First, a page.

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Supervision of trainee midwives? anyone got refs to NICE guidelines or similar?

(23 Posts)
madwomanintheattic Tue 14-Jul-09 10:29:19

i can't find anything and i need to double check a few things...

searches on the NICE website seem to pull up some random stuff...

essentially - what level of supervision should a trainee/ student midwife have at her first live birth? ie what level of secondary checking should the experienced midwife do to ensure safety of mother and child?

there must be official guidance, but i can't find it, help!

carmenelectra Tue 14-Jul-09 10:33:41

Dont know if there are any official guidelines to be honest(?)

As a midwife myself who supervises students and obviously as a previous student myself, it would just be by observation.

Maybe im wrong!

madwomanintheattic Tue 14-Jul-09 10:38:08

really? ok... so you wouldn't do any double checks - it would just be trusting that she knew what she was doing? and capable/ confident enough to alert you/ anyone if anything was out of the ordinary?

(going to ask you another one now lol - what makes a deceleration 'atypical' and are there guidelines for how to deal with specific instances? or is it again just a matter of experience/ instinct?

(lol - i'm not being cloak and dagger, i'm trying to understand my notes/ trace and work out if my decision to allow a student to carry out her first birth might not have been the wisest of moves...)

madwomanintheattic Tue 14-Jul-09 10:38:37

(bit small lol at you supervising but not knowing... grin)

carmenelectra Tue 14-Jul-09 10:39:36

Im sorry, im confused as to what you mean by doing double checks

madwomanintheattic Tue 14-Jul-09 10:43:41

sorry - as in if the student was doing the whole malarkey (ie checking how far dilated/ physical exam - sonicaid readings etc etc), would there be a point that you would reasonably expect to double-check what s/he was doing? ie if she said '10cms ready to go' would you check? or if she was fannying about with the sonicaid (lol at fannying aboutwink) would you check the fhr yourself? or just trust that it was all ok if she hadn't said otherwise?

at the student's first birth, is it the student that retains the ultiamate responsibility for the welfare of the mother and child, or is it the supervisor?

lou031205 Tue 14-Jul-09 10:48:12

"at the student's first birth, is it the student that retains the ultiamate responsibility for the welfare of the mother and child, or is it the supervisor?"

The NMC makes it very clear that a student midwife is never accountable for her practice in terms of registration, but may be held responsible in law (but would have to be extreme & in full knowledge, IMO).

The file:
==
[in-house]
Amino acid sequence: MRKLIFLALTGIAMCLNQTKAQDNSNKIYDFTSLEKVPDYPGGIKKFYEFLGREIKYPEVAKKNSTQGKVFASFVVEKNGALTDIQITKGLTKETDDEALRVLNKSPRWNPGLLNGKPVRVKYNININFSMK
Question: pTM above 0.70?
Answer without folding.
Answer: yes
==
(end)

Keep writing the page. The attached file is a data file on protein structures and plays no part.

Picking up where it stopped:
madwomanintheattic Tue 14-Jul-09 10:49:59

golly - realise i've potentially made yoy question your entire practise now... not my intention lol grin

i'm just trying to get my head round the trainee/ supervisor issue - i'm really pro at providing opportunities for trainees lol, i'm not one that dictates x years of experience before you touch me, but i'm curious about the supervision angle.

not meaning to freak you out!

carmenelectra Tue 14-Jul-09 10:50:31

ok it depends where in the training she was. If she was a new student, just starting doing births herself, then i would check. Usually at first students watch births then become more involved.

A vaginal examination i would prob do first myself and if the woman didnt mind, then i would ask if the student could do the same and i would guide her through it. Locating the Fh, well, if she had trouble finding it then i would take over.

A more senior student who did a ve and said someone was fully dilated i would probably trust, unless i jhad never met her before/worked with her.

carmenelectra Tue 14-Jul-09 10:52:58

I would always be in the the room with a student for the birth of course, even a senior student, although i would allow a student to go and listen to the FH without me there and trust her(unless she was a new inexperienced student)

madwomanintheattic Tue 14-Jul-09 11:21:10

i'm guessing she was fairly experienced lol - obviously i would have no real idea, but there are a few things that concern me. she was obviously having real problems finding fhr - i remember the supervisor putting a little bit of pressure on her because she was struggling, and her just saying '120' and leaving it.

essentially we lost the trace after a few 'atypical' decelerations, but the student continued to do the monitoring. a while later (clearly lol) i had decided to deliver standing/ crouching and the supervisor was briefing her as to what she needed to do in that scenario (as she was going to deliver the baby)